My first experience with Western University was excitement and apprehension. Excitement because I wanted to move on from my high school and ready for the new challenge of university. The apprehension was due to the idea that I had never lived away from home or been in such a large school. When I arrived at Western I was greeted by so many spirited and excited upper years. I was moved into my residence Saugeen-Maitland Hall with my fellow "frosh" first years. My adrenaline was pumping and I was so excited to meet new friends and get settled in. O-week was fantastic, it took a while to find my niche of friends and when that was done I moved into the habitual act of attending classes and keeping up with course work.
University is not difficult because the work is different or more than what was given in high school. It is the idea that you are solely responsible for your course work. No longer will a teacher be constantly reminding you of your assignments. However, should you seek the help your professors and teaching assistants (graduate students in the field of study) are always willing to meet you and go over course work. Essentially what I am trying to say is that being proactive with your work becomes so important. You will do well if you get work done early and have your teaching assistant check it. You will be successful if you begin studying for an exam 2-3 weeks in advance.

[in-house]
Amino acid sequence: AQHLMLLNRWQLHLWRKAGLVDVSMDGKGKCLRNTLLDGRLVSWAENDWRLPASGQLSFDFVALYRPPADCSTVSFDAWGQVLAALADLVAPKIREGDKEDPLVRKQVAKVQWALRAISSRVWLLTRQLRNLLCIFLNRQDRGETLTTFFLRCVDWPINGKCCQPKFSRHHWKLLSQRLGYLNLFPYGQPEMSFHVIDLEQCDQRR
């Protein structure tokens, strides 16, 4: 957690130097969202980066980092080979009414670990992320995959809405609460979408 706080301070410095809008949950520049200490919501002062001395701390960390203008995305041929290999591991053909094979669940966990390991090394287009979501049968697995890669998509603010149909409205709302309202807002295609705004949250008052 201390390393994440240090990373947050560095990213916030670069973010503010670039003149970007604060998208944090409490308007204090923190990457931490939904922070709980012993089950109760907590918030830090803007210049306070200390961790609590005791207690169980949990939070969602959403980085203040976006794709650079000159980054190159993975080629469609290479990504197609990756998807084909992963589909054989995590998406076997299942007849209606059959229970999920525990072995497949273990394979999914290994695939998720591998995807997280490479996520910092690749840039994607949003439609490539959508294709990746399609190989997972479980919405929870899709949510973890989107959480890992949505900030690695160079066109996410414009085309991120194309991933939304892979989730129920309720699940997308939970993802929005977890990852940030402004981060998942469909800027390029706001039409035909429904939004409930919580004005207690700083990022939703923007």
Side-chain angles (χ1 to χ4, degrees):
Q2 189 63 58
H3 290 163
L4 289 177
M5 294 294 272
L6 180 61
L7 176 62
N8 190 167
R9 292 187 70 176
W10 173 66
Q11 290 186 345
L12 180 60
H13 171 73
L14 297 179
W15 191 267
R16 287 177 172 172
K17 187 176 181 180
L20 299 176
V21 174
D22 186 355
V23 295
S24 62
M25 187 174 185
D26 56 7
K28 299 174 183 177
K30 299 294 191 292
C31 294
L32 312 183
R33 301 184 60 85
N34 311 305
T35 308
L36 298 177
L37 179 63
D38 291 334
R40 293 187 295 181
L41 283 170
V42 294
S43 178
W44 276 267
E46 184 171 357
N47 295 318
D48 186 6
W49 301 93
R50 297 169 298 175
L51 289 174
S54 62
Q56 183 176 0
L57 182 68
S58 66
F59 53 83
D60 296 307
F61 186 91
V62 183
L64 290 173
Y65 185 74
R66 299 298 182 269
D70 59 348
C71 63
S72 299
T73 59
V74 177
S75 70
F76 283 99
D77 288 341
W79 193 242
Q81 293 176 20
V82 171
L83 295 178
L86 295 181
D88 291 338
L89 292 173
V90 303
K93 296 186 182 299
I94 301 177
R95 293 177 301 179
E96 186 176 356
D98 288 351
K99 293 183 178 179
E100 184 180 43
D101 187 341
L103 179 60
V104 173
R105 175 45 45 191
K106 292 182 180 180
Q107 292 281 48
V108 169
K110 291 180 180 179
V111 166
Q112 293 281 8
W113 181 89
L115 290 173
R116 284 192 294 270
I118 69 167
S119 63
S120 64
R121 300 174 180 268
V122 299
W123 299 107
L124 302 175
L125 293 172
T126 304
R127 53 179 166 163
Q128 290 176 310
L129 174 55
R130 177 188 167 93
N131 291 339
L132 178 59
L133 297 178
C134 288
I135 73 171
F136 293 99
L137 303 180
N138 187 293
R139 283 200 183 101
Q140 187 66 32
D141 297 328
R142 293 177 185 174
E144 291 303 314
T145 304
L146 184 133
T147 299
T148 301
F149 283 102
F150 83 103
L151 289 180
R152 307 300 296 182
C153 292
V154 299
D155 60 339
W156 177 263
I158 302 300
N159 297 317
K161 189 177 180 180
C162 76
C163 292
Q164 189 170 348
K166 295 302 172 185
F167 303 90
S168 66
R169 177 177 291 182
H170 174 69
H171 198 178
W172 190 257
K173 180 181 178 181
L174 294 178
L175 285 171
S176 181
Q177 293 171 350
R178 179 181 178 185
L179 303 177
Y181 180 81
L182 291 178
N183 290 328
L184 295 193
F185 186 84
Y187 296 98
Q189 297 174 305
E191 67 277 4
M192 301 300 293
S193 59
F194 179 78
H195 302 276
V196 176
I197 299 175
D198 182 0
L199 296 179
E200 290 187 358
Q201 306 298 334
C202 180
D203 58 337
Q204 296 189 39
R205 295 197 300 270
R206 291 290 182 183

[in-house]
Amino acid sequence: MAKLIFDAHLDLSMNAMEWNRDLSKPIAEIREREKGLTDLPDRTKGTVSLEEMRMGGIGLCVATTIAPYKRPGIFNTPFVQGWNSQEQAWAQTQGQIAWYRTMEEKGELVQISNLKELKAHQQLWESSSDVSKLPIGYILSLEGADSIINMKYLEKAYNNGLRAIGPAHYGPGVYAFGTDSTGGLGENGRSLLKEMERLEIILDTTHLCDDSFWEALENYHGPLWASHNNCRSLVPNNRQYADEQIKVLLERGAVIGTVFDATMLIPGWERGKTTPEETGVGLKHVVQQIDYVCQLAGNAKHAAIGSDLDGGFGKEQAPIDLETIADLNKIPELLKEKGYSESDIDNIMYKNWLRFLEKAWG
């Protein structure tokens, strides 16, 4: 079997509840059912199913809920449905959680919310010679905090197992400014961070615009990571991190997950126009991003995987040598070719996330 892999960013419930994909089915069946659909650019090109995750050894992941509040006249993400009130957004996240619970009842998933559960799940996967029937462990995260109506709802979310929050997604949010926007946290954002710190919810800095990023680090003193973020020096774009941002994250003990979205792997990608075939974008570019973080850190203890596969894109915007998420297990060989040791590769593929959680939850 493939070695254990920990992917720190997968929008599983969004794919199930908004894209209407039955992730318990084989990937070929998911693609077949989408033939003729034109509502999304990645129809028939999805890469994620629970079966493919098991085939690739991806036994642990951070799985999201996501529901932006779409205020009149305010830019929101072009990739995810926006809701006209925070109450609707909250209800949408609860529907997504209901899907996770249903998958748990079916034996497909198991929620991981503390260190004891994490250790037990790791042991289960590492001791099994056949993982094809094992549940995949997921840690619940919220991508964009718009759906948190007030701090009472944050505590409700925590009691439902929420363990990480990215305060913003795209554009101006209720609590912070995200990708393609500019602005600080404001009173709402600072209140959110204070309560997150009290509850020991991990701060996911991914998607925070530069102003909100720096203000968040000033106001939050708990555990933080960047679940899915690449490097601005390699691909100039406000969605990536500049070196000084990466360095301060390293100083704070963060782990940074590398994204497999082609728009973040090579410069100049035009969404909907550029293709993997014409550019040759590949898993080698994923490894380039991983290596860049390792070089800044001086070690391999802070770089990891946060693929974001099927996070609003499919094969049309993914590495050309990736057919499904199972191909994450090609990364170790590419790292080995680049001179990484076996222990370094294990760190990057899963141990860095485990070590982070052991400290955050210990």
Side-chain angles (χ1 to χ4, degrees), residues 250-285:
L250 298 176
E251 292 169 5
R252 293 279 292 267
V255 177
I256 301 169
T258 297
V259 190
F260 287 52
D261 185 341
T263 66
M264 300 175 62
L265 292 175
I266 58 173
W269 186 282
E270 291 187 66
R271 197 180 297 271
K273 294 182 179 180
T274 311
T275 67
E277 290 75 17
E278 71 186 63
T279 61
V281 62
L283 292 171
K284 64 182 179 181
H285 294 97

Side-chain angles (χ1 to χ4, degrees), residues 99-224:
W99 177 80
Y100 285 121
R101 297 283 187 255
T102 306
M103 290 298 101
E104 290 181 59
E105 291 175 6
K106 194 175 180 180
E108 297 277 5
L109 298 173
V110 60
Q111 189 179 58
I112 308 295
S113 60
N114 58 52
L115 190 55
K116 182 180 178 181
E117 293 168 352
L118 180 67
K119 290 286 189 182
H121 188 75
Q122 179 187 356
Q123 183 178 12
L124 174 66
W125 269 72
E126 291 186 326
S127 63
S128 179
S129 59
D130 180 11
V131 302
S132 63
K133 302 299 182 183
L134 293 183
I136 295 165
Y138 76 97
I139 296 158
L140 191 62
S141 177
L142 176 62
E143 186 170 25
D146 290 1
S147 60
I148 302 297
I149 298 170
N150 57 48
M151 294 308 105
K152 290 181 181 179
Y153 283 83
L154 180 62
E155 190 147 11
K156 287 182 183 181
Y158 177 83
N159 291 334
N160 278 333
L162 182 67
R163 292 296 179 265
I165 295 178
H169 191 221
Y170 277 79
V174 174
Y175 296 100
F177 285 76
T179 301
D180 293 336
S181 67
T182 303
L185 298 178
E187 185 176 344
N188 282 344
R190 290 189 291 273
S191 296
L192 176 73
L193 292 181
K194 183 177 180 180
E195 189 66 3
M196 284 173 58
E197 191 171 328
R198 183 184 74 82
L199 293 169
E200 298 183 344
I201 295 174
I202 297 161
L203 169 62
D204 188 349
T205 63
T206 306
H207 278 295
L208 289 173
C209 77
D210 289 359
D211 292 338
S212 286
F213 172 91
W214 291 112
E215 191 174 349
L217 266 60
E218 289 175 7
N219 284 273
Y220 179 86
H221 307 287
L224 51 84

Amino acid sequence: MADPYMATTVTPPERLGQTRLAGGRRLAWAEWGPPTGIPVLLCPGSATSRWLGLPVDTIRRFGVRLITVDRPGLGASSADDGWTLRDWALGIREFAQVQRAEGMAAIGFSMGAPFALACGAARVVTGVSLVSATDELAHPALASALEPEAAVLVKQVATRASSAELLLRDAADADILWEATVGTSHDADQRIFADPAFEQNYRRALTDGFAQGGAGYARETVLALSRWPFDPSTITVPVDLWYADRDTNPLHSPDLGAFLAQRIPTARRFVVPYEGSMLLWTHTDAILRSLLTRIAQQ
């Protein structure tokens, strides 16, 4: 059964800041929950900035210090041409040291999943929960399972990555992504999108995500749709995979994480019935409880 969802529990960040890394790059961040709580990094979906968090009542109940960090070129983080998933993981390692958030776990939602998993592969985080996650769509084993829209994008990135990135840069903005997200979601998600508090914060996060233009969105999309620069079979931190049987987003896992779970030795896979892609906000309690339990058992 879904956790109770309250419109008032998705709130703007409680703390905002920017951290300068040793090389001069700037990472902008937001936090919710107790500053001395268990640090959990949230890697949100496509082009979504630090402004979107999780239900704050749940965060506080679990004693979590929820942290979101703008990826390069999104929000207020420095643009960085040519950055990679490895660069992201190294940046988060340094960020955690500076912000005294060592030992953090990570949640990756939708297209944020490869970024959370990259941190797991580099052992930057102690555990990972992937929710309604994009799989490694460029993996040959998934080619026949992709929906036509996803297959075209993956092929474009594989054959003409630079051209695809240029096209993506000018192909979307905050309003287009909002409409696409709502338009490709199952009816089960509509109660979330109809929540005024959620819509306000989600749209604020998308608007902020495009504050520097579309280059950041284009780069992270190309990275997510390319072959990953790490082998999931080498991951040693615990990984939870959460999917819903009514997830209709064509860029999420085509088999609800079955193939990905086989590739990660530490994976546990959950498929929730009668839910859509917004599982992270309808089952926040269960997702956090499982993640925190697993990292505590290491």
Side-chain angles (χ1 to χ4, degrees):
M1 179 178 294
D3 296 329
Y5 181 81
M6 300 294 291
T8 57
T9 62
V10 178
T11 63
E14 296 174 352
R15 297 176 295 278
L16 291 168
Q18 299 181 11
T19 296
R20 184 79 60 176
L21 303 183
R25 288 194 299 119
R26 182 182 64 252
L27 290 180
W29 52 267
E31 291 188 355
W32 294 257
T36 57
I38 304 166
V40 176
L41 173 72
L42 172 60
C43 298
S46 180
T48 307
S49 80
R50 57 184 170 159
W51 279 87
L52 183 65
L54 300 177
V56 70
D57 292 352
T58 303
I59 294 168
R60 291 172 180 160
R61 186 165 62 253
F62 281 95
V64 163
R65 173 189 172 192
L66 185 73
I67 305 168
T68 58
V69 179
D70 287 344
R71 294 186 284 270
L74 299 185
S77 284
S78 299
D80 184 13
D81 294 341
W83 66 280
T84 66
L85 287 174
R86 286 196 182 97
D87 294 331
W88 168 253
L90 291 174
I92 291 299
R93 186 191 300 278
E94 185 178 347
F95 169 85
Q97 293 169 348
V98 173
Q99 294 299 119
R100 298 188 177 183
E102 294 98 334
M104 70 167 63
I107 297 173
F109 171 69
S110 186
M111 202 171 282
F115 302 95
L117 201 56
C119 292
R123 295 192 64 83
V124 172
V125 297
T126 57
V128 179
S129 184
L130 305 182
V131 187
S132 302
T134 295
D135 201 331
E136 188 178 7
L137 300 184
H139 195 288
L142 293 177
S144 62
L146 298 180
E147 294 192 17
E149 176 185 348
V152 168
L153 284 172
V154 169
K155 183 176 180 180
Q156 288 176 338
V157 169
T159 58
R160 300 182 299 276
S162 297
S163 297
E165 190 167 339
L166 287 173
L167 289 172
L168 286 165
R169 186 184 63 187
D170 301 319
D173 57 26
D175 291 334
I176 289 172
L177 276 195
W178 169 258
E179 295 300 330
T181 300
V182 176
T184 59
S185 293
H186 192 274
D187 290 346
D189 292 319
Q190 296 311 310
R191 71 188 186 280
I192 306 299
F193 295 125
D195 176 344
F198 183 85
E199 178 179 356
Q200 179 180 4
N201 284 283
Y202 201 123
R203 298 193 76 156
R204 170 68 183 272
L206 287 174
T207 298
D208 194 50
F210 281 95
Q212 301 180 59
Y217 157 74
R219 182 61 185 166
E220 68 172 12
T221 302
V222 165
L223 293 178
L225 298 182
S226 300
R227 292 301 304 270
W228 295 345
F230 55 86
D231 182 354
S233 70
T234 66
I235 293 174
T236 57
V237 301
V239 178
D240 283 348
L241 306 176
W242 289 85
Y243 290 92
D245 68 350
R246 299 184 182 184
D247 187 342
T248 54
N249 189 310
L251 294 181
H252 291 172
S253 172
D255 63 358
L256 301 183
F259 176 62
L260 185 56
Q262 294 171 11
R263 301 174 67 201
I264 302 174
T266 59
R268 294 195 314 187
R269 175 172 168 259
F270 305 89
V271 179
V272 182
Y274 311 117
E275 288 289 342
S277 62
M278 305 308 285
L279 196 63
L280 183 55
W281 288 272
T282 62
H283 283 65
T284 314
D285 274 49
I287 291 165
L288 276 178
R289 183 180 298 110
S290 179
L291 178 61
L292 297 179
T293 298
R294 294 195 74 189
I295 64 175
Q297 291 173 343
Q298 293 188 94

Studying is not everything, on the other hand, keeping up with course work is just as important as getting involved in various activities at Western and keeping up with your friend group. The most successful to leave Western, I have noticed, are the ones that study hard, as well as keep up socially. Get out and have fun with friends, just know when to stay in and prepare.
If you can do all of this you will have an amazing time a Western. If you have trouble then just go and ask for help. Ask your Residence Advisor or Residence Don, your Sophs, your Professors, staff at the Student Development Centre or Student Success Centre or even friends. You are never alone when you come to university, there is a web of people wanting to help you if you only take the initiative to ask.
- Airianna Mapp, HBA'14